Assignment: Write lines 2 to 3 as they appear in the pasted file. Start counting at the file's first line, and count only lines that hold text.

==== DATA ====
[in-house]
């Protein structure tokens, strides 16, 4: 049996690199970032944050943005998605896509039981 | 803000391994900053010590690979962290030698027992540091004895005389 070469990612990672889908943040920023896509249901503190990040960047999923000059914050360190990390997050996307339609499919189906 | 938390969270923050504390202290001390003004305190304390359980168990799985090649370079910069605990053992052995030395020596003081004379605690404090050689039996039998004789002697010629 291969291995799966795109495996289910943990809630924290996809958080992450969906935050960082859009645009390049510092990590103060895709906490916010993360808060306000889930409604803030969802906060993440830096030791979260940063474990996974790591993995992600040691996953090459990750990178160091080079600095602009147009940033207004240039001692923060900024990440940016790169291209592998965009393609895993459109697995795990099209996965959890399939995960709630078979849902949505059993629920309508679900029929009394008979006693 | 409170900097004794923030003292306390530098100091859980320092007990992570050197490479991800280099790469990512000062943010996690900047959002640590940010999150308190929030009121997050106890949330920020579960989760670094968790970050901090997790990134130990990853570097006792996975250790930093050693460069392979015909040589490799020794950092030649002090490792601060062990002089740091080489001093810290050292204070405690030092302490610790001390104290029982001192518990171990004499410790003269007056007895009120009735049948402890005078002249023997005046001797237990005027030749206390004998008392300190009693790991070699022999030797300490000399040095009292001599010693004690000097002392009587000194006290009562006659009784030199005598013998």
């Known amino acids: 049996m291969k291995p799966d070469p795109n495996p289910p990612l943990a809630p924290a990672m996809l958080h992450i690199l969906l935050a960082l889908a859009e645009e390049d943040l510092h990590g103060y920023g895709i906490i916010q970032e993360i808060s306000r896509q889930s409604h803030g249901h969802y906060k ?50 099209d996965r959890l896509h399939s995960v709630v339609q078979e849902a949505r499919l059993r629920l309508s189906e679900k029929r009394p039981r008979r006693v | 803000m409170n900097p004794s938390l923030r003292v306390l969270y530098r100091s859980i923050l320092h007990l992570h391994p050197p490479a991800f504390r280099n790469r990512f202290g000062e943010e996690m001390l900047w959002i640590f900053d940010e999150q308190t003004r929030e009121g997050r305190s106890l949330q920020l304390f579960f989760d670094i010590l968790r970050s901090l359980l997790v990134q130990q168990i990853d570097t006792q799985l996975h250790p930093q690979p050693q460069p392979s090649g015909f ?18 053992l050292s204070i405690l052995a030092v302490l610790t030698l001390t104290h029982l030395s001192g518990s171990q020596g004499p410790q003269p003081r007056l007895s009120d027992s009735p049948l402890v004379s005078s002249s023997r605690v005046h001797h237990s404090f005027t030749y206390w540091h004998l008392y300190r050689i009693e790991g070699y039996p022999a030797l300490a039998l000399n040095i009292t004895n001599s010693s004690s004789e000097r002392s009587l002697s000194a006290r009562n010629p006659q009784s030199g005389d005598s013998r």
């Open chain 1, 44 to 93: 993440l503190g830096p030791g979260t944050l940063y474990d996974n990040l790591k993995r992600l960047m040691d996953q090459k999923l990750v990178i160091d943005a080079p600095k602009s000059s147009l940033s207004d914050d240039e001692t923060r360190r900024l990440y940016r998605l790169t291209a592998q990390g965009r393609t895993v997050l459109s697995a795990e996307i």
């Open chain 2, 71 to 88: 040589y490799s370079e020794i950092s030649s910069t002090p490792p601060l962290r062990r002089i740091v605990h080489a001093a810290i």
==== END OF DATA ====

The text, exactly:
């Protein structure tokens, strides 16, 4: 049996690199970032944050943005998605896509039981 | 803000391994900053010590690979962290030698027992540091004895005389 070469990612990672889908943040920023896509249901503190990040960047999923000059914050360190990390997050996307339609499919189906 | 938390969270923050504390202290001390003004305190304390359980168990799985090649370079910069605990053992052995030395020596003081004379605690404090050689039996039998004789002697010629 291969291995799966795109495996289910943990809630924290996809958080992450969906935050960082859009645009390049510092990590103060895709906490916010993360808060306000889930409604803030969802906060993440830096030791979260940063474990996974790591993995992600040691996953090459990750990178160091080079600095602009147009940033207004240039001692923060900024990440940016790169291209592998965009393609895993459109697995795990099209996965959890399939995960709630078979849902949505059993629920309508679900029929009394008979006693 | 409170900097004794923030003292306390530098100091859980320092007990992570050197490479991800280099790469990512000062943010996690900047959002640590940010999150308190929030009121997050106890949330920020579960989760670094968790970050901090997790990134130990990853570097006792996975250790930093050693460069392979015909040589490799020794950092030649002090490792601060062990002089740091080489001093810290050292204070405690030092302490610790001390104290029982001192518990171990004499410790003269007056007895009120009735049948402890005078002249023997005046001797237990005027030749206390004998008392300190009693790991070699022999030797300490000399040095009292001599010693004690000097002392009587000194006290009562006659009784030199005598013998």
């Known amino acids: 049996m291969k291995p799966d070469p795109n495996p289910p990612l943990a809630p924290a990672m996809l958080h992450i690199l969906l935050a960082l889908a859009e645009e390049d943040l510092h990590g103060y920023g895709i906490i916010q970032e993360i808060s306000r896509q889930s409604h803030g249901h969802y906060k ?50 099209d996965r959890l896509h399939s995960v709630v339609q078979e849902a949505r499919l059993r629920l309508s189906e679900k029929r009394p039981r008979r006693v | 803000m409170n900097p004794s938390l923030r003292v306390l969270y530098r100091s859980i923050l320092h007990l992570h391994p050197p490479a991800f504390r280099n790469r990512f202290g000062e943010e996690m001390l900047w959002i640590f900053d940010e999150q308190t003004r929030e009121g997050r305190s106890l949330q920020l304390f579960f989760d670094i010590l968790r970050s901090l359980l997790v990134q130990q168990i990853d570097t006792q799985l996975h250790p930093q690979p050693q460069p392979s090649g015909f ?18 053992l050292s204070i405690l052995a030092v302490l610790t030698l001390t104290h029982l030395s001192g518990s171990q020596g004499p410790q003269p003081r007056l007895s009120d027992s009735p049948l402890v004379s005078s002249s023997r605690v005046h001797h237990s404090f005027t030749y206390w540091h004998l008392y300190r050689i009693e790991g070699y039996p022999a030797l300490a039998l000399n040095i009292t004895n001599s010693s004690s004789e000097r002392s009587l002697s000194a006290r009562n010629p006659q009784s030199g005389d005598s013998r």